The Augar Review: business as usual for business schools?

When the Augar Review of post-18 education was ordered in February 2018, the world was a strikingly different place. Prime Minister Theresa May was concerned about the politics and costs of higher education. On the former, the Labour party had contemplated scrapping tuition fees. On the latter, the government’s decision to adjust the treatment of student loans on their balance sheet to “better reflect the government’s financial position” was becoming pressing. The data now suggests that over 150 countries round the world have a GDP of less than the UK’s £161bn student loan book.

The recent government response to the Augar review has been delayed for a variety of reasons and in that delay, there have been seismic shifts in the national and international landscape. For the economy and society as a whole, it has been a turbulent period.

Viewed through the narrow lens of higher education necessarily runs the risk of missing the bigger picture but our universities continue see student and staff recruitment impacted by Brexit and the Covid pandemic. The need to switch to online learning in March 2020 saw rapid and radical changes in pedagogy which many describe as hothousing more than a decade’s worth of innovation into a few short weeks. These shocks to the wider economy now combine with the outbreak of conflict in the Ukraine in recent weeks meaning that inflation and recession may combine in pernicious ways over the next period. What then, might the consequences be for schools of business and management?

Our business schools comprise the second biggest group of academic staff of any discipline, teaching more students than any other subject area. Indeed, 1 in 6 of all students and 1 in 3 of all international students study a business-related degree. A common misconception is that business schools are mostly concerned with educating senior executives. In reality, only 6% of business school students are studying an MBA and around 10% of our student community come from the most disadvantaged socio-economic category. In absolute terms, only subjects allied to medicine has higher numbers of widening participation students. Foundation courses offer an important route into university for many business school students. Reducing fee levels for Foundation courses may seem obvious but our experience of offering Foundation at scale also draws attention to the additional support and development needed to help students transition effectively to university learning. That support isn’t complicated but it isn’t free either.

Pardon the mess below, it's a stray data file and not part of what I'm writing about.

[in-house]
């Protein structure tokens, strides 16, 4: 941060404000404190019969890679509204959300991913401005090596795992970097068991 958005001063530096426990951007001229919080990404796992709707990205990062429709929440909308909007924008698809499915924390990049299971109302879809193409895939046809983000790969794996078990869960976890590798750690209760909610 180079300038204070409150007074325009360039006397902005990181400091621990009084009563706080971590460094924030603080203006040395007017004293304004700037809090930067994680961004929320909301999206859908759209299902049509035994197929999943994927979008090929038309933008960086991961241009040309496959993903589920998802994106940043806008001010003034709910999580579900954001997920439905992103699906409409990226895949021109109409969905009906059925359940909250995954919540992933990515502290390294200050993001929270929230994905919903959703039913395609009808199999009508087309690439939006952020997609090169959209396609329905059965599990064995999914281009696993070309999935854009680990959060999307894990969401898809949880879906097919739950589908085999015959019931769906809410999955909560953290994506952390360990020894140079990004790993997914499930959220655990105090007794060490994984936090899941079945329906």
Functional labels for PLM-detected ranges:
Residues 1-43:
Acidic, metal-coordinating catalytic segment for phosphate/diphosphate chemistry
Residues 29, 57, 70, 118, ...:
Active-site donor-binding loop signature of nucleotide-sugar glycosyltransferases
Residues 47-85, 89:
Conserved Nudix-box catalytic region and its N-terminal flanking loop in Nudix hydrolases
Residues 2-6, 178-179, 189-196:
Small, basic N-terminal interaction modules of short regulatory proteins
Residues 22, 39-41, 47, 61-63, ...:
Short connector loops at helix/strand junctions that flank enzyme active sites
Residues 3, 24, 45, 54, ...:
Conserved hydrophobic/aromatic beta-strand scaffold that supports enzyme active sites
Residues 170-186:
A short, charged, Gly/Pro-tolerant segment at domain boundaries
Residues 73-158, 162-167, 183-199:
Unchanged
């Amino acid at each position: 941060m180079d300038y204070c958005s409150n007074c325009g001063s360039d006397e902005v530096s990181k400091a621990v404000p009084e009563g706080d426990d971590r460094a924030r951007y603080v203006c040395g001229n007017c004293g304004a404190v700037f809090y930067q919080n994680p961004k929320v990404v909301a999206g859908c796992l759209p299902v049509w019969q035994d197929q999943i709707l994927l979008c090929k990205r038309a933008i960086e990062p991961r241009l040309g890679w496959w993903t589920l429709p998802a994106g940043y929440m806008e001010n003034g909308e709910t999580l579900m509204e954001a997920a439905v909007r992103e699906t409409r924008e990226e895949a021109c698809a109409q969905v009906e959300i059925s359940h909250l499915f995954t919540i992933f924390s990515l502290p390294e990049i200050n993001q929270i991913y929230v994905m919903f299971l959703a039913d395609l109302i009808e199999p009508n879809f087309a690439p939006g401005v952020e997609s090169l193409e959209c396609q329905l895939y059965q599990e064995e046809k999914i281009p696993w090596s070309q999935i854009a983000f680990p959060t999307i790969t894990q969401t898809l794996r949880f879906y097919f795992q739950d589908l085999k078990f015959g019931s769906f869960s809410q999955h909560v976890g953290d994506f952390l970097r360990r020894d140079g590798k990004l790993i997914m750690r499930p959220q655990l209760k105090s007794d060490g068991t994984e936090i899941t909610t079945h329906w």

Business schools probably aren’t front and centre when it comes to concerns about low quality degrees and the suggested introduction of minimum entry tariffs in English and Maths may not impact Chartered ABS members significantly. But it is important to note that the impact of Foundation and minimum entry requirements will play out differentially across very different kinds of business schools with very different constituencies. It was excellent to hear the commitment to social mobility and that the government doesn’t want to take a position on the numbers of students going to university. Business schools, like many other disciplines, work hard to attract students in from a diverse range of backgrounds and need to work just as hard to retain those same students whilst preparing them for graduate level work.

The other big message from the government’s recent response was the consultation on Life-Long Loan Entitlement. Trailed as up to four years of post-18 education to use at any point and worth an equivalent of £37,000, LLE was styled as enabling a learning journey that individuals can stop and start whenever you like. Business schools already work with significant numbers of post-experience learners, part-time learners and work-based learners, many of whom have been supported by their employers. The removal of the hugely successful degree apprentice route at Master’s level was a misstep, borne out of misunderstanding. The sheer numbers of people wanting to undertake an MBA or MSc on a part-time basis to further enhance their career prospects is understandable. That the employer levy funded this opportunity was a key enabler and it should be borne in mind that management education has a big part to play in addressing our national productivity challenge. If LLE can be made to work effectively for part-time, work-based and flexible study routes at UG and PGT levels, business schools will engage quickly and effectively.

In summary, the regulatory landscape of HE is changing and it is changing fast. Our business schools form an integral part of that landscape but have particular needs and particular opportunities. Nick Hillman, the director of the Higher Education Policy Institute, suggests that we have just heard a carefully balanced package of reforms which send powerful signals about the government’s priorities. Those priorities appear to focus on flexible, high-quality, employment-relevant education which just happens to be what business schools already do well, at scale. We would urge further consideration of the pathways into degree level study in our business schools for school leavers and those in work. There are clear opportunities to enhance the UK economy growing the managerial skills of both individuals and employers and much will rest on the suitability of the funding mechanisms and incentives at play.


Professor Robert MacIntosh is Faculty Pro Vice Chancellor of Business and Law at Northumbria University and Chair of Chartered ABS.